Obama To Praise And Parse Senators' Immigration Plan As He Lays Out His Own
While it's expected that many of his proposals will mirror those put forward Monday by a bipartisan group of senators, there are also signs that when President Obama lays out his latest thoughts on how to overhaul the nation's immigration laws he will have some "more liberal" ideas.
"People with knowledge of the proposals" tell The Washington Post that among the differences between the senators' plan and what Obama will talk about Tuesday afternoon in Las Vegas is that the president prefers "a quicker path to citizenship for illegal immigrants" than the lawmakers have outlined.
Still, NPR's Mara Liasson and other journalists who cover the White House report that for the most part the president is likely to praise the plan drafted by the senators -- who include Republican John McCain of Arizona and Democrat Charles Schumer of New York. The New York Times writes that Obama "is expected to embrace" the proposal even though he "differs with the group on some key issues, notably whether to make a path to citizenship for undocumented immigrants conditional on further tightening the nation's borders."
The Post says, though, that Obama's comments will also start to define differences he has with the lawmakers' approach. He is:
"Likely to emphasize differences that could foreshadow roadblocks to passage in Congress at a time when both parties say there is momentum for a comprehensive deal.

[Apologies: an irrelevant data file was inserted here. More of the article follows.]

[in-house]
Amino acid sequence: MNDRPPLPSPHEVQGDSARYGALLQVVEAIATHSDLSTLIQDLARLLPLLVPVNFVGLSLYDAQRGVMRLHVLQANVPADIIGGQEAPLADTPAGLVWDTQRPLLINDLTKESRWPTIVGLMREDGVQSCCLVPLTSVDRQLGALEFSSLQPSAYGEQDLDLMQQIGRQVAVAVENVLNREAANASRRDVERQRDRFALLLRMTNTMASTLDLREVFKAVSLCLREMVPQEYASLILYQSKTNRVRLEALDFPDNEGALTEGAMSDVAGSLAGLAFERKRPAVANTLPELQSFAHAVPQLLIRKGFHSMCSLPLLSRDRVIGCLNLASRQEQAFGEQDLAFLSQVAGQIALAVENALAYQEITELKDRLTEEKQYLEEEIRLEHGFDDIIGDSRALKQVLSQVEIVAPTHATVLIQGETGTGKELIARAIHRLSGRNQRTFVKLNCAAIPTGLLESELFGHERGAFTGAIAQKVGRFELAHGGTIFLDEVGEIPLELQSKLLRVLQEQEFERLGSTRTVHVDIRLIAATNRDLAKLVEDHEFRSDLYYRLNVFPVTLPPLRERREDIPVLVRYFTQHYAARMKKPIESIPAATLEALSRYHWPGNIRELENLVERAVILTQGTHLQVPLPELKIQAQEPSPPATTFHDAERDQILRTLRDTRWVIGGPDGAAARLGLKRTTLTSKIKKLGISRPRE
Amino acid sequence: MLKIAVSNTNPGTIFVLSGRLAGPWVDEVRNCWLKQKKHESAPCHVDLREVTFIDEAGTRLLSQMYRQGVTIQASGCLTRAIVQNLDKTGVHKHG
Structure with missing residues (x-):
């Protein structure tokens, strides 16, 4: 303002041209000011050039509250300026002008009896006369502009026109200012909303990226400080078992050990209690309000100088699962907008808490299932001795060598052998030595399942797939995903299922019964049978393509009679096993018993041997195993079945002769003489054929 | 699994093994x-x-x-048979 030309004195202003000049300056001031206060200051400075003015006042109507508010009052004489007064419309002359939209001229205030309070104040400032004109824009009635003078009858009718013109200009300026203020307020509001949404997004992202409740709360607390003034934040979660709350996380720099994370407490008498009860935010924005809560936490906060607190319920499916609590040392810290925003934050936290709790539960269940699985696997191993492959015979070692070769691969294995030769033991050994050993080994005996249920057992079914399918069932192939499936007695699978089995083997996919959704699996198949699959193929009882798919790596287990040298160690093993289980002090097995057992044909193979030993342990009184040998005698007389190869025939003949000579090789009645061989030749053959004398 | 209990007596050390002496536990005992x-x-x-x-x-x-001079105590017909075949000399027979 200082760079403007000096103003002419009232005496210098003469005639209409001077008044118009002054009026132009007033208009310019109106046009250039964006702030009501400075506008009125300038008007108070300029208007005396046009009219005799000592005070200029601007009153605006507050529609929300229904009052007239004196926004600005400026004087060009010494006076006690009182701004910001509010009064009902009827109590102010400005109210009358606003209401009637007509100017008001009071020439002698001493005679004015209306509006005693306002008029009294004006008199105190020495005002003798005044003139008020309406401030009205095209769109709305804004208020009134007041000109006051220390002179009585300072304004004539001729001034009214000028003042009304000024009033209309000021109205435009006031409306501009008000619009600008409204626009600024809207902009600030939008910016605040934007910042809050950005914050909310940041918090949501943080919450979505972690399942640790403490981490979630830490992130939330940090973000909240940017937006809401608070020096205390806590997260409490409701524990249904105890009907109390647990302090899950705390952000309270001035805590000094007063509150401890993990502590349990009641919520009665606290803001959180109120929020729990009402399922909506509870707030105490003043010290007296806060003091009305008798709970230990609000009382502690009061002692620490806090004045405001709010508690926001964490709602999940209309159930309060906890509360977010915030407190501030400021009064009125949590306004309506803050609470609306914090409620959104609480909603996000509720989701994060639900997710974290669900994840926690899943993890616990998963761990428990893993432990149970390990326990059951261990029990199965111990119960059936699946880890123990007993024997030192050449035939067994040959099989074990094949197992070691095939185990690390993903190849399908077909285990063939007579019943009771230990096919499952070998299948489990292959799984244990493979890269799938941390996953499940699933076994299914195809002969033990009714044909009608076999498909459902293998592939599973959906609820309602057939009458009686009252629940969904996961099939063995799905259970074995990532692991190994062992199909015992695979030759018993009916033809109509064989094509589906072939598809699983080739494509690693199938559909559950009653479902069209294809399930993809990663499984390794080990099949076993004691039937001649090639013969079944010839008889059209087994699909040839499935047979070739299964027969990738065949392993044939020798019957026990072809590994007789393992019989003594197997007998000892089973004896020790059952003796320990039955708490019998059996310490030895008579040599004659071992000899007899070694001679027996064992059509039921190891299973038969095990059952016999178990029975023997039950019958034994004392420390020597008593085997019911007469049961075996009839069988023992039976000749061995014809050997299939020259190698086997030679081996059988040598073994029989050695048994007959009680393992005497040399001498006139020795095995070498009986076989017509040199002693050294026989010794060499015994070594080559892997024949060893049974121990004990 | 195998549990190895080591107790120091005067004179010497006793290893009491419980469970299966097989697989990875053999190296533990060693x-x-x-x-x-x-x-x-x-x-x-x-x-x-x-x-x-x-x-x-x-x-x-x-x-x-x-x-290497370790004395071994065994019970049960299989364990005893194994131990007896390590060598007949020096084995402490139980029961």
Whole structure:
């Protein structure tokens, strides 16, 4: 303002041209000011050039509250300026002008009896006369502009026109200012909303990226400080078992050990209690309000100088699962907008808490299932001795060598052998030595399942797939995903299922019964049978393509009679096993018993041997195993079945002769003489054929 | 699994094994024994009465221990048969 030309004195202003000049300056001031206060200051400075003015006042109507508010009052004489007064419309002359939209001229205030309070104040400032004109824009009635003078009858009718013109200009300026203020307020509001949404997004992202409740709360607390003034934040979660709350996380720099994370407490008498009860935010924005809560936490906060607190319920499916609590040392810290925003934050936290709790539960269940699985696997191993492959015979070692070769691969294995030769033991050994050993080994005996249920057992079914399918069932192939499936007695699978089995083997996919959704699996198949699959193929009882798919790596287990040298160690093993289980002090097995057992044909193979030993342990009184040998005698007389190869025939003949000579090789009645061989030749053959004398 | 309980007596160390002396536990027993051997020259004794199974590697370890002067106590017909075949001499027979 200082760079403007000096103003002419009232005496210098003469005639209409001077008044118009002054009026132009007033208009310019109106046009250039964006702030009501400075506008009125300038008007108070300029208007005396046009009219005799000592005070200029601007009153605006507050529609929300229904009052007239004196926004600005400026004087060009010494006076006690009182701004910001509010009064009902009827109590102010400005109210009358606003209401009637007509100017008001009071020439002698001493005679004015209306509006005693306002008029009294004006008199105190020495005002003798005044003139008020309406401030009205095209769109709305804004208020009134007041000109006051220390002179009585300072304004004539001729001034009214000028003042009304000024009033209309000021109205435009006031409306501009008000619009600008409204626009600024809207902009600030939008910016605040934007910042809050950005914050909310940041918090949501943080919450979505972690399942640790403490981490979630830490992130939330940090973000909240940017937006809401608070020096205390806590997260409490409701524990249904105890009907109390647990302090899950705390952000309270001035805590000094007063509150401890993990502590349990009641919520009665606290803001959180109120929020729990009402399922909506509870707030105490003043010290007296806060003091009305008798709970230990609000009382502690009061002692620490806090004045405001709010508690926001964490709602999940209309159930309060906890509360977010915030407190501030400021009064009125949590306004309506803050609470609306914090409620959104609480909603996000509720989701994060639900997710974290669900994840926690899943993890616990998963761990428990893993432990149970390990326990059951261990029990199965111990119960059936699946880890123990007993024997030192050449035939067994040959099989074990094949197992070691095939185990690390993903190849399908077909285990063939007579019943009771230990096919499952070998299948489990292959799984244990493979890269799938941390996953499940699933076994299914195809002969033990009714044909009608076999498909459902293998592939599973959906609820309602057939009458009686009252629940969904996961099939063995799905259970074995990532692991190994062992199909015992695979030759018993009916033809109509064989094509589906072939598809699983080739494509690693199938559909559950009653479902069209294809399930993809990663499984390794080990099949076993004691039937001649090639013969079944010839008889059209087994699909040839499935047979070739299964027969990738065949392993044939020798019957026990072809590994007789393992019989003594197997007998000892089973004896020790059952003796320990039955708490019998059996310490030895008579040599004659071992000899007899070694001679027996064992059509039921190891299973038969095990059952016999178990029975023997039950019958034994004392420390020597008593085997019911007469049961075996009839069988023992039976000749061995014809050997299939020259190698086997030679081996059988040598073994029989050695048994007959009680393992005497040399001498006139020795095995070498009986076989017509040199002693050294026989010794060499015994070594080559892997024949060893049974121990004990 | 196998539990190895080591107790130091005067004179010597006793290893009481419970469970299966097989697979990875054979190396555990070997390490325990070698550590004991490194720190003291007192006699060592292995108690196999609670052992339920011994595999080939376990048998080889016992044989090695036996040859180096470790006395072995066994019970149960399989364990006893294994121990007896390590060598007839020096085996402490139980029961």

"For example, the Senate proposal would let illegal immigrants obtain legal residency quickly. But it would not allow them to seek full citizenship until border security had been improved and a new system was in place for employers to verify the employment status of workers.
"Obama will not endorse such a proposal, the administration official said. The president intends to make clear the need for a more straightforward route for un-documented workers and students to obtain citizenship."
Politico likens what's about to begin to an "immigration dance" with Obama and his fellow Democrats on one side, McCain and other Republicans such as Sen. Marco Rubio of Florida on the other.
On Morning Edition, Republican Sen. Jeff Flake of Arizona (a member of the bipartisan group), said there's a moral component to overhauling immigration laws -- particularly for "children who are brought here through no fault of their own" and in effect have been "born without a country."
The president is due to speak around 3 p.m. ET. We'll watch for news from that address.
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